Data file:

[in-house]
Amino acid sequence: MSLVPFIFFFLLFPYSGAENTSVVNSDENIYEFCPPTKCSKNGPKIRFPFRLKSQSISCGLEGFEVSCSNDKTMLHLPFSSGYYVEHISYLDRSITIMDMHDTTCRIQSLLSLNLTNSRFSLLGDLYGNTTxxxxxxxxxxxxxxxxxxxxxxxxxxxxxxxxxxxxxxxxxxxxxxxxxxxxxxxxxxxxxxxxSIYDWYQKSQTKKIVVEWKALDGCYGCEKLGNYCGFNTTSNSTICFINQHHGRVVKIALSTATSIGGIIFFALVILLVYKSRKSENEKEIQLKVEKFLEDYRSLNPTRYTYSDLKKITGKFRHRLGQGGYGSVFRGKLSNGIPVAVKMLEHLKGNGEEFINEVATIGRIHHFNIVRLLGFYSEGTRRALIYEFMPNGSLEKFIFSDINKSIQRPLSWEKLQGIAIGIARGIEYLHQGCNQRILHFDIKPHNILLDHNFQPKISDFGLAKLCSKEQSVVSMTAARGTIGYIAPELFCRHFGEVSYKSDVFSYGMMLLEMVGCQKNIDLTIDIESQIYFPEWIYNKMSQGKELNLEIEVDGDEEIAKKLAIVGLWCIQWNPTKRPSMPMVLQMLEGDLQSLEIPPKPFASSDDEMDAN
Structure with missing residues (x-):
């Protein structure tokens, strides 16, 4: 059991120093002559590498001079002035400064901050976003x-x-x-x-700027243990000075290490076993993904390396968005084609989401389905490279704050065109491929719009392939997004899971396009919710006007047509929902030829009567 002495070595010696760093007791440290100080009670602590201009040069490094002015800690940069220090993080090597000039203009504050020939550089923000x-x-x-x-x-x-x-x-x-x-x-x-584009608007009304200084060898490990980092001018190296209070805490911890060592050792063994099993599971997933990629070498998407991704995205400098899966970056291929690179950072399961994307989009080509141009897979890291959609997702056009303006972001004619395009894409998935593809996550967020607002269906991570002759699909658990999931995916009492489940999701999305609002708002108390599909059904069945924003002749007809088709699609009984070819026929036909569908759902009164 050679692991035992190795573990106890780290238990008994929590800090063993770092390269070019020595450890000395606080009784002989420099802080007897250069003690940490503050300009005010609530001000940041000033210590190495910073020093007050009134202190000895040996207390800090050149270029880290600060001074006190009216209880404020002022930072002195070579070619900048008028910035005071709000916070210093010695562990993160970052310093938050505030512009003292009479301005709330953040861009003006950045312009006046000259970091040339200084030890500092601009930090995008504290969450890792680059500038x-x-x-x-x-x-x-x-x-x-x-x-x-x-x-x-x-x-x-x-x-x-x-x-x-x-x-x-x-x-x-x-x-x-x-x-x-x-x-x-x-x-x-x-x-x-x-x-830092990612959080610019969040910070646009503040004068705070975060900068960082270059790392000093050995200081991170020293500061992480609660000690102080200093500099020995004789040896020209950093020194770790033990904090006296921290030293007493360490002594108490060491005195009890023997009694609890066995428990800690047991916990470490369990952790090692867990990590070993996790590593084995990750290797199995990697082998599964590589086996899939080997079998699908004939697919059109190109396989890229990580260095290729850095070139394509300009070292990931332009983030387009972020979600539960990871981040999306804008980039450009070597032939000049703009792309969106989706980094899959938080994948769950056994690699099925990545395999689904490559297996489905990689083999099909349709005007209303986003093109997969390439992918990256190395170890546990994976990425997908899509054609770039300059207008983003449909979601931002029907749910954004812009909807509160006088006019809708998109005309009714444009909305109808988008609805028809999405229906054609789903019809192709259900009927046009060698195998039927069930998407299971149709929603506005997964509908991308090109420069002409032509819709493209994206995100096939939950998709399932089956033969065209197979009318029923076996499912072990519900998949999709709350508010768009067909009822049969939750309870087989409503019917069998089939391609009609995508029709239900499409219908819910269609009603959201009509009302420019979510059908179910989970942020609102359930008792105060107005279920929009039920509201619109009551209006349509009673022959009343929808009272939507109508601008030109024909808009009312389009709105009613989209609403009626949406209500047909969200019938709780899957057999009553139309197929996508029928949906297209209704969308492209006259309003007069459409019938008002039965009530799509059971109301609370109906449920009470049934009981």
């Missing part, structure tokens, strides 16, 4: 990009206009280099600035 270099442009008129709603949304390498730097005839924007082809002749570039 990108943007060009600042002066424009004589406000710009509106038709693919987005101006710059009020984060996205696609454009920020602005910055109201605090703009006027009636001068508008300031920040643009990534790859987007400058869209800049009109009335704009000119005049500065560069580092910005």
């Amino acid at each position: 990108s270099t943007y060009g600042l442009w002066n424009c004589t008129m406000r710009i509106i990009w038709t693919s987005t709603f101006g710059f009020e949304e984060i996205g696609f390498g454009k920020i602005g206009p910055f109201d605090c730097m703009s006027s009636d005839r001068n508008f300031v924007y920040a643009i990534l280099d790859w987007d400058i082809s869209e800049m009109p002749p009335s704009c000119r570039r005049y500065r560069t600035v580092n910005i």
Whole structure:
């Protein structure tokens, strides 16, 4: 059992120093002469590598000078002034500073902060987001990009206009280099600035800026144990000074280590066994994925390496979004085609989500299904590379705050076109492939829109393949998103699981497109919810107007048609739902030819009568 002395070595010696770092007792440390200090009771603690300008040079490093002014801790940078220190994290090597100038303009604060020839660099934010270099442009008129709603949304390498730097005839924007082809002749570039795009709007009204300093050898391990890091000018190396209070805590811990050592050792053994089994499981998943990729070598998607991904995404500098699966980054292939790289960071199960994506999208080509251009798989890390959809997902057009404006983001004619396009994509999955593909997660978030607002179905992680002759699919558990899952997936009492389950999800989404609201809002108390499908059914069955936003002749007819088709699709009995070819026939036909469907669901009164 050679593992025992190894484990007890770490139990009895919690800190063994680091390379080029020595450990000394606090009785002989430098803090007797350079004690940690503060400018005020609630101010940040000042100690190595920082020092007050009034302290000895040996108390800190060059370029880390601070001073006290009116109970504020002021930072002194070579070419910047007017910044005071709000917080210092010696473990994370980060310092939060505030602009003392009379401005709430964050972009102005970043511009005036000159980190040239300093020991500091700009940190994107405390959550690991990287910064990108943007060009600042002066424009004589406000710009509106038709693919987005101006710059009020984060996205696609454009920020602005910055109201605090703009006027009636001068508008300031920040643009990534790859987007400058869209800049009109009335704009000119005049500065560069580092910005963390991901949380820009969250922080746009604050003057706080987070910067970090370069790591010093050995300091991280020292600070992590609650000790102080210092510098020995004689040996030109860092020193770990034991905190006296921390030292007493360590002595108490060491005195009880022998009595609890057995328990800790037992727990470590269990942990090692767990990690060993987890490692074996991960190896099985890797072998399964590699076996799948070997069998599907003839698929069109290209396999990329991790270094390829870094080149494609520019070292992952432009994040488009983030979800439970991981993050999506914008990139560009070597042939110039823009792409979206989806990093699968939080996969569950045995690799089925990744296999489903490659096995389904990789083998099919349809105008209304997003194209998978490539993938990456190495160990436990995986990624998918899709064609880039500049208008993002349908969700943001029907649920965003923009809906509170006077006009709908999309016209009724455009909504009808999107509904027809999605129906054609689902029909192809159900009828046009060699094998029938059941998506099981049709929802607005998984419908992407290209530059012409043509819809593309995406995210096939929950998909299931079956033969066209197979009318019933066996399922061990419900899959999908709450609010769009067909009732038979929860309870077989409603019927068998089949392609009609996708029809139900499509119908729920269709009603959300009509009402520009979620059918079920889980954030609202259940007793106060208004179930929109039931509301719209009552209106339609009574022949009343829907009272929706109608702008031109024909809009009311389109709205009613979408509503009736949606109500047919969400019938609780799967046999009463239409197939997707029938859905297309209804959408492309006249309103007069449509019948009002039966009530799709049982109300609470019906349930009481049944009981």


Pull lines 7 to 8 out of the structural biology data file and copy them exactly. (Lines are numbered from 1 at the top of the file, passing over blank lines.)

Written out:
Whole structure:
């Protein structure tokens, strides 16, 4: 059992120093002469590598000078002034500073902060987001990009206009280099600035800026144990000074280590066994994925390496979004085609989500299904590379705050076109492939829109393949998103699981497109919810107007048609739902030819009568 002395070595010696770092007792440390200090009771603690300008040079490093002014801790940078220190994290090597100038303009604060020839660099934010270099442009008129709603949304390498730097005839924007082809002749570039795009709007009204300093050898391990890091000018190396209070805590811990050592050792053994089994499981998943990729070598998607991904995404500098699966980054292939790289960071199960994506999208080509251009798989890390959809997902057009404006983001004619396009994509999955593909997660978030607002179905992680002759699919558990899952997936009492389950999800989404609201809002108390499908059914069955936003002749007819088709699709009995070819026939036909469907669901009164 050679593992025992190894484990007890770490139990009895919690800190063994680091390379080029020595450990000394606090009785002989430098803090007797350079004690940690503060400018005020609630101010940040000042100690190595920082020092007050009034302290000895040996108390800190060059370029880390601070001073006290009116109970504020002021930072002194070579070419910047007017910044005071709000917080210092010696473990994370980060310092939060505030602009003392009379401005709430964050972009102005970043511009005036000159980190040239300093020991500091700009940190994107405390959550690991990287910064990108943007060009600042002066424009004589406000710009509106038709693919987005101006710059009020984060996205696609454009920020602005910055109201605090703009006027009636001068508008300031920040643009990534790859987007400058869209800049009109009335704009000119005049500065560069580092910005963390991901949380820009969250922080746009604050003057706080987070910067970090370069790591010093050995300091991280020292600070992590609650000790102080210092510098020995004689040996030109860092020193770990034991905190006296921390030292007493360590002595108490060491005195009880022998009595609890057995328990800790037992727990470590269990942990090692767990990690060993987890490692074996991960190896099985890797072998399964590699076996799948070997069998599907003839698929069109290209396999990329991790270094390829870094080149494609520019070292992952432009994040488009983030979800439970991981993050999506914008990139560009070597042939110039823009792409979206989806990093699968939080996969569950045995690799089925990744296999489903490659096995389904990789083998099919349809105008209304997003194209998978490539993938990456190495160990436990995986990624998918899709064609880039500049208008993002349908969700943001029907649920965003923009809906509170006077006009709908999309016209009724455009909504009808999107509904027809999605129906054609689902029909192809159900009828046009060699094998029938059941998506099981049709929802607005998984419908992407290209530059012409043509819809593309995406995210096939929950998909299931079956033969066209197979009318019933066996399922061990419900899959999908709450609010769009067909009732038979929860309870077989409603019927068998089949392609009609996708029809139900499509119908729920269709009603959300009509009402520009979620059918079920889980954030609202259940007793106060208004179930929109039931509301719209009552209106339609009574022949009343829907009272929706109608702008031109024909809009009311389109709205009613979408509503009736949606109500047919969400019938609780799967046999009463239409197939997707029938859905297309209804959408492309006249309103007069449509019948009002039966009530799709049982109300609470019906349930009481049944009981």